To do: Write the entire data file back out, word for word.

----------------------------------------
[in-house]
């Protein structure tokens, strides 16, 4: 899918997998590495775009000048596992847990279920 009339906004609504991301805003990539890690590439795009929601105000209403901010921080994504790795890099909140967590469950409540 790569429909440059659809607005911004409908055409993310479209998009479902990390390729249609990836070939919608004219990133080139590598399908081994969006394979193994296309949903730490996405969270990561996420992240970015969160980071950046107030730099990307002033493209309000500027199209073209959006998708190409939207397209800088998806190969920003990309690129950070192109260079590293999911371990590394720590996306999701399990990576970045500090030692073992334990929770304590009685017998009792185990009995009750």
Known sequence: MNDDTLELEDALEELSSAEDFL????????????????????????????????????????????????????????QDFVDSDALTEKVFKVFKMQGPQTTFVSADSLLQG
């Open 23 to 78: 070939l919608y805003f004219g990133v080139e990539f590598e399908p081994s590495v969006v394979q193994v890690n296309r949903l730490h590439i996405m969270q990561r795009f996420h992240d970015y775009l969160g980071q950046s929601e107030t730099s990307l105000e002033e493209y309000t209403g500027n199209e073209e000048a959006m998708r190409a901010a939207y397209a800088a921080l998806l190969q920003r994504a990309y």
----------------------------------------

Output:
[in-house]
């Protein structure tokens, strides 16, 4: 899918997998590495775009000048596992847990279920 009339906004609504991301805003990539890690590439795009929601105000209403901010921080994504790795890099909140967590469950409540 790569429909440059659809607005911004409908055409993310479209998009479902990390390729249609990836070939919608004219990133080139590598399908081994969006394979193994296309949903730490996405969270990561996420992240970015969160980071950046107030730099990307002033493209309000500027199209073209959006998708190409939207397209800088998806190969920003990309690129950070192109260079590293999911371990590394720590996306999701399990990576970045500090030692073992334990929770304590009685017998009792185990009995009750």
Known sequence: MNDDTLELEDALEELSSAEDFL????????????????????????????????????????????????????????QDFVDSDALTEKVFKVFKMQGPQTTFVSADSLLQG
């Open 23 to 78: 070939l919608y805003f004219g990133v080139e990539f590598e399908p081994s590495v969006v394979q193994v890690n296309r949903l730490h590439i996405m969270q990561r795009f996420h992240d970015y775009l969160g980071q950046s929601e107030t730099s990307l105000e002033e493209y309000t209403g500027n199209e073209e000048a959006m998708r190409a901010a939207y397209a800088a921080l998806l190969q920003r994504a990309y």